"I'm in a quandary. Got the rights back to my very first published book, CINDERELLA GIRL, (12/90) quite awhile ago. Finally working on getting it ready for the digital market and have discovered that I relentlessly head hopped in the book. Now I don't know what to do. As a writing teacher, I counsel my students not to head hop. I stress again and again that they should discipline themselves and learn to write in one point of view per scene. Period. So how can I put a book out there with non-stop head hopping? Problem is, I love the book and the story, and to rewrite it without head hopping would take me longer than to actually write something new. In fact, just thinking of doing so gives me a gigantic headache. So I'm leaning toward publishing the book as is -- with only minor changes -- and let the criticism fall where it may. The other choice would be to never let the book see light of day again. Any opinions?"Pat got opinions. Lots of opinions, mine included. She needs to publish it as is, she needs to re-work it according to what standards have evolved to, she needs to do what feels right to her, she needs...oh, yeah, lots of opinions.
The conversation made me look closer at the book of my own that I'm working on preparing for digital release. Always Annie was published in 1999. In it no one had cell phones, I had me some unrealistic (albeit adorable) teenagers going on, and my use of POV was...well, shall we say soft? My voice has changed since then. It's matured--too much in some ways--but it's also become both stronger and more fluid. I'm much more sure of myself not only personally but professionally as well--life teaches us much if we let it.
But I liked my old voice. And, as Pat says about hers, "I really like the story and there will always be a soft spot in my heart for the book since it's my very first sale..." Yeah. Me, too.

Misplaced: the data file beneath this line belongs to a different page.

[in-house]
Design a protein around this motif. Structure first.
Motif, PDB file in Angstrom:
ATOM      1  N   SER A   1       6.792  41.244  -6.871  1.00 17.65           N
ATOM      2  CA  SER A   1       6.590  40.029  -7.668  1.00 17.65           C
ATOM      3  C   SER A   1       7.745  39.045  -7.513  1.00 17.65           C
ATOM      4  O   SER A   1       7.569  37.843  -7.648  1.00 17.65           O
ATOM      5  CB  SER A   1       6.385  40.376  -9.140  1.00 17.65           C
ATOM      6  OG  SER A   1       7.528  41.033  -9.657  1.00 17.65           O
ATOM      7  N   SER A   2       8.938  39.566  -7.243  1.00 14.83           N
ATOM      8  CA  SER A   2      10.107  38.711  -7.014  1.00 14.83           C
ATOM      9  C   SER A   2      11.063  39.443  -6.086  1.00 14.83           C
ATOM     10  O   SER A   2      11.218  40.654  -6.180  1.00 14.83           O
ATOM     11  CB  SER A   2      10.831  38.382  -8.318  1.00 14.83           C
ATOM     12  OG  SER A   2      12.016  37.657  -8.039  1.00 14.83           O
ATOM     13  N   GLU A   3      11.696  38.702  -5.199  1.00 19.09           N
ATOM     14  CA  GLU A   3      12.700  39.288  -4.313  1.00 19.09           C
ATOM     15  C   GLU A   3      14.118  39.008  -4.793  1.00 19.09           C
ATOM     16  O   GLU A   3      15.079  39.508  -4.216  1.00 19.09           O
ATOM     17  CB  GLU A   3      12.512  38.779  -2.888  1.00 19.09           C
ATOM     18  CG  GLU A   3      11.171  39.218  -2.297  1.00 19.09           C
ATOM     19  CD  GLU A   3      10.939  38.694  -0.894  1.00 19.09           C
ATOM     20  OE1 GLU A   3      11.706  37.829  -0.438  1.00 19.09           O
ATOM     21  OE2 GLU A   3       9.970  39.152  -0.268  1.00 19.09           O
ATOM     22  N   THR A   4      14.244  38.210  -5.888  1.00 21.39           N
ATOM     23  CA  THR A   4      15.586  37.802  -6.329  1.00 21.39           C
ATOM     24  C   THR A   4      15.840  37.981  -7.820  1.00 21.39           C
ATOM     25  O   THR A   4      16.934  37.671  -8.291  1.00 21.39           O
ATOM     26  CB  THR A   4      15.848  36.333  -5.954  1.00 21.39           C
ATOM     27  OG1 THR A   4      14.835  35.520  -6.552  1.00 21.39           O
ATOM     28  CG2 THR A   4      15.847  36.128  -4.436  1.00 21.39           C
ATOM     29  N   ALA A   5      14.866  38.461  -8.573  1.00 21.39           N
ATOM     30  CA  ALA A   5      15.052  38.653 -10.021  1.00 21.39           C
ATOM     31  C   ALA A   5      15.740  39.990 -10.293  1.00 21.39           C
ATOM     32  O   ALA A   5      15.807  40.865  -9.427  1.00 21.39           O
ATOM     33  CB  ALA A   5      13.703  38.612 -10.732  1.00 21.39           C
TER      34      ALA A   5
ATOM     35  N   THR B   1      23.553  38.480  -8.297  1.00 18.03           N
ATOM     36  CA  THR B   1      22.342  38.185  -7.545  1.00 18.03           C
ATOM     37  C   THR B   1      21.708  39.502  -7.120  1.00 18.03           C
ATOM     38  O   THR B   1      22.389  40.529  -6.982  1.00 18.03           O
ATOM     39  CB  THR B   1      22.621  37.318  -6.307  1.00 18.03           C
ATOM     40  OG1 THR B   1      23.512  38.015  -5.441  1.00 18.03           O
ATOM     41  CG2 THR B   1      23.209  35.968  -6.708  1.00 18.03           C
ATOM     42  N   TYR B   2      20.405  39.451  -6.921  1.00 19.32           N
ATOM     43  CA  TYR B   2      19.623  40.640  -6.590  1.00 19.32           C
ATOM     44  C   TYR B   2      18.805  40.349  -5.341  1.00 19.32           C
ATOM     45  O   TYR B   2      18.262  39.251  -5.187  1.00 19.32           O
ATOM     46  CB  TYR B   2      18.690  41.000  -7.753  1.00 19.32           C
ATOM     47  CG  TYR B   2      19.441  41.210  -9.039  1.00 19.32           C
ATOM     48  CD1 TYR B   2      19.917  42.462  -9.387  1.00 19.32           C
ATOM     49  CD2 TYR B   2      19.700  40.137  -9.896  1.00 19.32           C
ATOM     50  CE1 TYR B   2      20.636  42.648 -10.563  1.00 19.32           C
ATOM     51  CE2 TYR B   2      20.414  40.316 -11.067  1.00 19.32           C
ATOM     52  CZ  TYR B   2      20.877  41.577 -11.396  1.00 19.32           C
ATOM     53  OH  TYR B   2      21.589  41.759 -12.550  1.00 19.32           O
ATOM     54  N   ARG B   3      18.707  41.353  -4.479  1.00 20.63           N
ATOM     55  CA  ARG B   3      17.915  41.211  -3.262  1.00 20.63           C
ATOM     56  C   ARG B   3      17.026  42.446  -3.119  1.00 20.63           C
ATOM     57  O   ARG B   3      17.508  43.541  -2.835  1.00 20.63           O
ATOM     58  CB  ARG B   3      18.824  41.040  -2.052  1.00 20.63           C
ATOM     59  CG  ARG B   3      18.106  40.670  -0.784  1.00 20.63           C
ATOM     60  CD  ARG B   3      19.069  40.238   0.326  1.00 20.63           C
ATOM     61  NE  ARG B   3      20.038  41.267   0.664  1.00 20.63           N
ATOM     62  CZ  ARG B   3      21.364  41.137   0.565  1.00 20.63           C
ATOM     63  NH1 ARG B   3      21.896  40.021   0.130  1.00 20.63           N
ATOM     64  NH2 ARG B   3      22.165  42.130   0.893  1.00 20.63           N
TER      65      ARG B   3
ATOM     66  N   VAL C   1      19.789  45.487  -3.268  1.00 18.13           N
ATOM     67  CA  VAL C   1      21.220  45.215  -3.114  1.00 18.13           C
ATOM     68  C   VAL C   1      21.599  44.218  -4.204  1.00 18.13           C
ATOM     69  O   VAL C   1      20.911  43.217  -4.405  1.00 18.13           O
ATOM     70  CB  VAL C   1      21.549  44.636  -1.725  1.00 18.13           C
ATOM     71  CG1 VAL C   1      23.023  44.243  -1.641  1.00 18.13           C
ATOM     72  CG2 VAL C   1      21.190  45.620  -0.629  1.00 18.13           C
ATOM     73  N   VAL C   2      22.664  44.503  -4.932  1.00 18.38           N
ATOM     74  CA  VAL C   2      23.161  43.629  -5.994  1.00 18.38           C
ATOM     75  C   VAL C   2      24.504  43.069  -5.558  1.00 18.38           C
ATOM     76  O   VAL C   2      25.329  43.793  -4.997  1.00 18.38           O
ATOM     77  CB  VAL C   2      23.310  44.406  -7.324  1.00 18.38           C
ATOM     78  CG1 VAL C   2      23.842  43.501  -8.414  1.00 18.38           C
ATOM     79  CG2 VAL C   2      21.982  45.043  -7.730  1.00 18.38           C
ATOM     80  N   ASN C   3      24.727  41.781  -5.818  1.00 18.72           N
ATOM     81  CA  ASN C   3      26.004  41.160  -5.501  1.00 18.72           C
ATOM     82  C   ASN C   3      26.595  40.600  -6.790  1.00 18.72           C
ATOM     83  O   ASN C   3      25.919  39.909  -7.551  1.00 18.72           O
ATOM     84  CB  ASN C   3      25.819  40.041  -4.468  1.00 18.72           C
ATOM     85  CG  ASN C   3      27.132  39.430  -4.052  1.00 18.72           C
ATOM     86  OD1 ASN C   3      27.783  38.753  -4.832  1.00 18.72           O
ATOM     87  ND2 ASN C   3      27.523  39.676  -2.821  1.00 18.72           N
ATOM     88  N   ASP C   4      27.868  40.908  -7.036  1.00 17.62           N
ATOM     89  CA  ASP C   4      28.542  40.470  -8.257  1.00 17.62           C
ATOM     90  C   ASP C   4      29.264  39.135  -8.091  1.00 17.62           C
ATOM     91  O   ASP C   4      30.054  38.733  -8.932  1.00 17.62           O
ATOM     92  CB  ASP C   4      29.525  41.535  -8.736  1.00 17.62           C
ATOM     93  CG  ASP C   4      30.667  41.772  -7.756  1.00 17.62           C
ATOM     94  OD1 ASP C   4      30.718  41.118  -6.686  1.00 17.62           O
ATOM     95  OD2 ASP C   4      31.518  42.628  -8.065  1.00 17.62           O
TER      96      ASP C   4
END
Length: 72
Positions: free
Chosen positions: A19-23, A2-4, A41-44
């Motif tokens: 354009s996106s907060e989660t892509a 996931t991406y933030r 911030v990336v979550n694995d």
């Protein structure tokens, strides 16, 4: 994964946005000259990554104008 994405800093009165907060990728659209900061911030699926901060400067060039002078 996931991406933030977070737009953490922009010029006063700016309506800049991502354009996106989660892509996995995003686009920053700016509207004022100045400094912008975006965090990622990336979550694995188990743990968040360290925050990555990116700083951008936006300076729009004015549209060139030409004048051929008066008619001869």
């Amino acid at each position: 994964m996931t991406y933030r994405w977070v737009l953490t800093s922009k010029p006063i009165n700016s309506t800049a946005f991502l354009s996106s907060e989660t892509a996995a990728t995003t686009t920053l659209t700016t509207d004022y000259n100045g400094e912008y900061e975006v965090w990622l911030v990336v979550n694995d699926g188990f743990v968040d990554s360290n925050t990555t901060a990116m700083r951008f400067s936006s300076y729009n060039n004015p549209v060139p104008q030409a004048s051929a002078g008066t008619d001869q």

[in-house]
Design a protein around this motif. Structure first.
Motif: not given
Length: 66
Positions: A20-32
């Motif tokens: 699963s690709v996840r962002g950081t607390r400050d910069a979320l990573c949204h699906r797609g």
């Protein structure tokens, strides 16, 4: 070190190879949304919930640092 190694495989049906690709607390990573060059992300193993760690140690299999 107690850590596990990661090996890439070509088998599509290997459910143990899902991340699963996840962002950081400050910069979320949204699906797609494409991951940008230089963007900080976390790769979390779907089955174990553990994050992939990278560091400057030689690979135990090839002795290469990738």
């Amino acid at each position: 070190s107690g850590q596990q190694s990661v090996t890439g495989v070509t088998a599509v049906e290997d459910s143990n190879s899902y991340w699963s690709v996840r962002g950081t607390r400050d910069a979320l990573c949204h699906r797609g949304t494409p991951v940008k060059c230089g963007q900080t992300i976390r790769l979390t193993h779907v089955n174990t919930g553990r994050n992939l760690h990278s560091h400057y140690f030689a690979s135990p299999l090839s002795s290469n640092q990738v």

So I'm thinking, and so is Pat. I would imagine some other trad-going-hybrid authors are, too. What do you think, authors and readers alike? Do you want a re-release to be spiffied up or would you rather read the author as she was then?
I was done with this post. Really. But then I thought of something that answered the question for me.
I go back often and read books from my keeper shelf. Old series romances by Muriel Jensen, Betty Neels, Nora Roberts, Cheryl Reavis, Patricia Kay, Kathleen Gilles Seidel, and Jennifer Crusie, to name but a few. I'm pretty sure I've read some of them often enough to recite some of the dialogue verbatim. And I love those books and am comforted and satisfied by them in ways most new stories don't offer. I'm still bitten hard by envy of Kathy Seidel's voice, Jenny Crusie's humor, and Nora Roberts'...well being Nora Roberts. But, while there is envy, there is more admiration than anything else. And there is gratitude to them for sharing their--this may not be a word but it should--splendidity.
Most of these writers' voices have gotten better with experience, I suppose. I read and love the new stories written by my auto-read authors just as I did the old ones. But in truth, the old ones are my favorites. If they re-release those books that are that shelf, I don't want them "fixed." (Except for the ones that are held together with scotch tape, but that's a different story altogether.) I want them just as they were then.
Question answered for me. How about you?